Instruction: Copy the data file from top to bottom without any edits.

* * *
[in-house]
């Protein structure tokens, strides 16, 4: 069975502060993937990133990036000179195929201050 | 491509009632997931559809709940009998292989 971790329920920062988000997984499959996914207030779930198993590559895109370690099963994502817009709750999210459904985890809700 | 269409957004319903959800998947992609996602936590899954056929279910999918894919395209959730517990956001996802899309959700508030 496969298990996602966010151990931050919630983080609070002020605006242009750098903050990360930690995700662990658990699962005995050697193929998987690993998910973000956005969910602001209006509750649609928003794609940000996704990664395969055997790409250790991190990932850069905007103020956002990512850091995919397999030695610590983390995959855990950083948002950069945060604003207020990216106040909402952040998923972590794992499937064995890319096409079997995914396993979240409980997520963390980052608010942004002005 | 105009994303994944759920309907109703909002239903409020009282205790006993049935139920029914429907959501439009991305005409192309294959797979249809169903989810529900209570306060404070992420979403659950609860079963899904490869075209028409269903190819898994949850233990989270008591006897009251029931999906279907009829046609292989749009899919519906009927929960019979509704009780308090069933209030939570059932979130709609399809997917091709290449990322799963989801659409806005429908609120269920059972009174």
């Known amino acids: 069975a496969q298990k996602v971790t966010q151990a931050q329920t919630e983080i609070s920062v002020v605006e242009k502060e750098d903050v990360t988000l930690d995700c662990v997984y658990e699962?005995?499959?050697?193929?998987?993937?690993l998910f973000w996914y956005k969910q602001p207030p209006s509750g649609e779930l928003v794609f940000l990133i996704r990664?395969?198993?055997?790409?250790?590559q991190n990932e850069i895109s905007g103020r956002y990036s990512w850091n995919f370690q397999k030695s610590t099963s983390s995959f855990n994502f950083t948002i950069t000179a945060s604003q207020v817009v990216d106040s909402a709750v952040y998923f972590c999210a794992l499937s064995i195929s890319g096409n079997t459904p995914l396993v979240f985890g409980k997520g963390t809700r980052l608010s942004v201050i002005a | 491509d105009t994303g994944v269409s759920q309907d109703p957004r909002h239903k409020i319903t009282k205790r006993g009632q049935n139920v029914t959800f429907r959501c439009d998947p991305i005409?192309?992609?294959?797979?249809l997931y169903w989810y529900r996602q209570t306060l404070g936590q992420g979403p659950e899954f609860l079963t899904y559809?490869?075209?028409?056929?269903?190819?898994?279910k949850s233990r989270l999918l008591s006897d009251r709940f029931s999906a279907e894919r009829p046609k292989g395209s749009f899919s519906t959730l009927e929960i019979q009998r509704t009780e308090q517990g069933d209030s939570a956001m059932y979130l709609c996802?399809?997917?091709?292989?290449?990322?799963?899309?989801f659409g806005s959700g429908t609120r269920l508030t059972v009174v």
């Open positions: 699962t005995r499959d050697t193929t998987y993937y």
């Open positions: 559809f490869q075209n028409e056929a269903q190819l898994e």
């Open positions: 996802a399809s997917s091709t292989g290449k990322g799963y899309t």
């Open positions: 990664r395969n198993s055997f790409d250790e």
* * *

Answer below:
[in-house]
């Protein structure tokens, strides 16, 4: 069975502060993937990133990036000179195929201050 | 491509009632997931559809709940009998292989 971790329920920062988000997984499959996914207030779930198993590559895109370690099963994502817009709750999210459904985890809700 | 269409957004319903959800998947992609996602936590899954056929279910999918894919395209959730517990956001996802899309959700508030 496969298990996602966010151990931050919630983080609070002020605006242009750098903050990360930690995700662990658990699962005995050697193929998987690993998910973000956005969910602001209006509750649609928003794609940000996704990664395969055997790409250790991190990932850069905007103020956002990512850091995919397999030695610590983390995959855990950083948002950069945060604003207020990216106040909402952040998923972590794992499937064995890319096409079997995914396993979240409980997520963390980052608010942004002005 | 105009994303994944759920309907109703909002239903409020009282205790006993049935139920029914429907959501439009991305005409192309294959797979249809169903989810529900209570306060404070992420979403659950609860079963899904490869075209028409269903190819898994949850233990989270008591006897009251029931999906279907009829046609292989749009899919519906009927929960019979509704009780308090069933209030939570059932979130709609399809997917091709290449990322799963989801659409806005429908609120269920059972009174």
């Known amino acids: 069975a496969q298990k996602v971790t966010q151990a931050q329920t919630e983080i609070s920062v002020v605006e242009k502060e750098d903050v990360t988000l930690d995700c662990v997984y658990e699962?005995?499959?050697?193929?998987?993937?690993l998910f973000w996914y956005k969910q602001p207030p209006s509750g649609e779930l928003v794609f940000l990133i996704r990664?395969?198993?055997?790409?250790?590559q991190n990932e850069i895109s905007g103020r956002y990036s990512w850091n995919f370690q397999k030695s610590t099963s983390s995959f855990n994502f950083t948002i950069t000179a945060s604003q207020v817009v990216d106040s909402a709750v952040y998923f972590c999210a794992l499937s064995i195929s890319g096409n079997t459904p995914l396993v979240f985890g409980k997520g963390t809700r980052l608010s942004v201050i002005a | 491509d105009t994303g994944v269409s759920q309907d109703p957004r909002h239903k409020i319903t009282k205790r006993g009632q049935n139920v029914t959800f429907r959501c439009d998947p991305i005409?192309?992609?294959?797979?249809l997931y169903w989810y529900r996602q209570t306060l404070g936590q992420g979403p659950e899954f609860l079963t899904y559809?490869?075209?028409?056929?269903?190819?898994?279910k949850s233990r989270l999918l008591s006897d009251r709940f029931s999906a279907e894919r009829p046609k292989g395209s749009f899919s519906t959730l009927e929960i019979q009998r509704t009780e308090q517990g069933d209030s939570a956001m059932y979130l709609c996802?399809?997917?091709?292989?290449?990322?799963?899309?989801f659409g806005s959700g429908t609120r269920l508030t059972v009174v």
């Open positions: 699962t005995r499959d050697t193929t998987y993937y």
């Open positions: 559809f490869q075209n028409e056929a269903q190819l898994e």
């Open positions: 996802a399809s997917s091709t292989g290449k990322g799963y899309t």
């Open positions: 990664r395969n198993s055997f790409d250790e």